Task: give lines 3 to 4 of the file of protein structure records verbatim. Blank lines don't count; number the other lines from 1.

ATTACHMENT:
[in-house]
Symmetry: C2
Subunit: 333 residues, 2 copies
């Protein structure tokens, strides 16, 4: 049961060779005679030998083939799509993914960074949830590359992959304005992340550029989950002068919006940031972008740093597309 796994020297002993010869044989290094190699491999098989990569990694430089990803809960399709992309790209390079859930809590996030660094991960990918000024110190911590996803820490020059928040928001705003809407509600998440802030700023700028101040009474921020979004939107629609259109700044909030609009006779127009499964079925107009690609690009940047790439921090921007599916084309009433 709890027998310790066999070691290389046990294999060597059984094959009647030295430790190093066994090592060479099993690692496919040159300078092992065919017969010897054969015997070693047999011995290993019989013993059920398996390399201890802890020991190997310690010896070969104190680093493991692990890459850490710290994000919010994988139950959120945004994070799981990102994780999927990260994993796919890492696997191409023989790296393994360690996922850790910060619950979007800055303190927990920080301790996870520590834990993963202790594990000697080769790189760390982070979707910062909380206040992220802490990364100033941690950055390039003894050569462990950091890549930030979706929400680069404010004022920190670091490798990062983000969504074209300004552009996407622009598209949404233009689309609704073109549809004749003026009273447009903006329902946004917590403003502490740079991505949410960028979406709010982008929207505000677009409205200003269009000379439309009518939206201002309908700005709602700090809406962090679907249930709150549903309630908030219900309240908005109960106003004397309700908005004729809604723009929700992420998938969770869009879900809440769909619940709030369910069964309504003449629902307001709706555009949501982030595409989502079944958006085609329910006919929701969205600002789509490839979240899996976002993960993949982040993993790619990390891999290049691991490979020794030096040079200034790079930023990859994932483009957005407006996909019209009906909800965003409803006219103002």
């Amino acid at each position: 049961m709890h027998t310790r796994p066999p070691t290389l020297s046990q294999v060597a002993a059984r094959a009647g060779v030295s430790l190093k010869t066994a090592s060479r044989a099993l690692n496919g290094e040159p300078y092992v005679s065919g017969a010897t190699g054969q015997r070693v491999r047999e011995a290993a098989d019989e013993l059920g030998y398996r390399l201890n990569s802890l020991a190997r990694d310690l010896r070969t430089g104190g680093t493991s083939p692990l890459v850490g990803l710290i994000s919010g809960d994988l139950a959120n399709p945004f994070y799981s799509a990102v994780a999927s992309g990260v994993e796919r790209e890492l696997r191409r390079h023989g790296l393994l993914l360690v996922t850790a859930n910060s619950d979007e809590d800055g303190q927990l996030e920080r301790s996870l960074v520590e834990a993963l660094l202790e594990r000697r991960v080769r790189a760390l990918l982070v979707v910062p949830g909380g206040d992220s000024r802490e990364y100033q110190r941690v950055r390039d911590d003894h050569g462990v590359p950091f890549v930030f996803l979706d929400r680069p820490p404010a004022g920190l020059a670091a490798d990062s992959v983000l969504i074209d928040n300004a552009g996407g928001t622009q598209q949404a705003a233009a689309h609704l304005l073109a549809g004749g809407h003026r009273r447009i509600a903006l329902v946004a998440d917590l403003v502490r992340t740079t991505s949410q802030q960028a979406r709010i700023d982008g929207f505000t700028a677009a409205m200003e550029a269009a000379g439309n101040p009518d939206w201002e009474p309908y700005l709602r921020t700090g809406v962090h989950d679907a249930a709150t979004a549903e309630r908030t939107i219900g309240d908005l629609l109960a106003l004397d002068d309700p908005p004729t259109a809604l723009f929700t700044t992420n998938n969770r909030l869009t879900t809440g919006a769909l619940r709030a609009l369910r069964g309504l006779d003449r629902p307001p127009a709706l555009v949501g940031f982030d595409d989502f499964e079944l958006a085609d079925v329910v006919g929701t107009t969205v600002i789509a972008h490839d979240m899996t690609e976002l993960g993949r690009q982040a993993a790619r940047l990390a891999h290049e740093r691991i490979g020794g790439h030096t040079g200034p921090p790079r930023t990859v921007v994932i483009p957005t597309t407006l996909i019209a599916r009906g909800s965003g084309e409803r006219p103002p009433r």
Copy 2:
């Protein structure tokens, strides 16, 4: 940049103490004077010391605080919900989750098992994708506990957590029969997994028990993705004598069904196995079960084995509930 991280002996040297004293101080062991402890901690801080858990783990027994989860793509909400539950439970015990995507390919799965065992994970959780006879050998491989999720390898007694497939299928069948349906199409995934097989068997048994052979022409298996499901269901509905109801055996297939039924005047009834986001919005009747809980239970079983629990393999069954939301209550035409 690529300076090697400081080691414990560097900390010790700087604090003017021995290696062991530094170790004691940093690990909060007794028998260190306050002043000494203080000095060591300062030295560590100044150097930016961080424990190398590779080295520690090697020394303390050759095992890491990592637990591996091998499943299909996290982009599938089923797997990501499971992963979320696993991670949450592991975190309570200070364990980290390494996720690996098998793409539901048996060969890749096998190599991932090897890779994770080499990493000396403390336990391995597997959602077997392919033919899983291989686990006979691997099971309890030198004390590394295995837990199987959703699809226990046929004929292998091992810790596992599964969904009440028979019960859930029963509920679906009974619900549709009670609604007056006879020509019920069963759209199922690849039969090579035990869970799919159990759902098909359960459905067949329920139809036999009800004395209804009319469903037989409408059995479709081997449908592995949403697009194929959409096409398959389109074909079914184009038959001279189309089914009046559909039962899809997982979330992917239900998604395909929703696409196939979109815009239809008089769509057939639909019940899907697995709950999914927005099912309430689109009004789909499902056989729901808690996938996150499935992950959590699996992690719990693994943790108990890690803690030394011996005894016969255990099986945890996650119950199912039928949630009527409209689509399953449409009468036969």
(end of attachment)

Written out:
Subunit: 333 residues, 2 copies
């Protein structure tokens, strides 16, 4: 049961060779005679030998083939799509993914960074949830590359992959304005992340550029989950002068919006940031972008740093597309 796994020297002993010869044989290094190699491999098989990569990694430089990803809960399709992309790209390079859930809590996030660094991960990918000024110190911590996803820490020059928040928001705003809407509600998440802030700023700028101040009474921020979004939107629609259109700044909030609009006779127009499964079925107009690609690009940047790439921090921007599916084309009433 709890027998310790066999070691290389046990294999060597059984094959009647030295430790190093066994090592060479099993690692496919040159300078092992065919017969010897054969015997070693047999011995290993019989013993059920398996390399201890802890020991190997310690010896070969104190680093493991692990890459850490710290994000919010994988139950959120945004994070799981990102994780999927990260994993796919890492696997191409023989790296393994360690996922850790910060619950979007800055303190927990920080301790996870520590834990993963202790594990000697080769790189760390982070979707910062909380206040992220802490990364100033941690950055390039003894050569462990950091890549930030979706929400680069404010004022920190670091490798990062983000969504074209300004552009996407622009598209949404233009689309609704073109549809004749003026009273447009903006329902946004917590403003502490740079991505949410960028979406709010982008929207505000677009409205200003269009000379439309009518939206201002309908700005709602700090809406962090679907249930709150549903309630908030219900309240908005109960106003004397309700908005004729809604723009929700992420998938969770869009879900809440769909619940709030369910069964309504003449629902307001709706555009949501982030595409989502079944958006085609329910006919929701969205600002789509490839979240899996976002993960993949982040993993790619990390891999290049691991490979020794030096040079200034790079930023990859994932483009957005407006996909019209009906909800965003409803006219103002």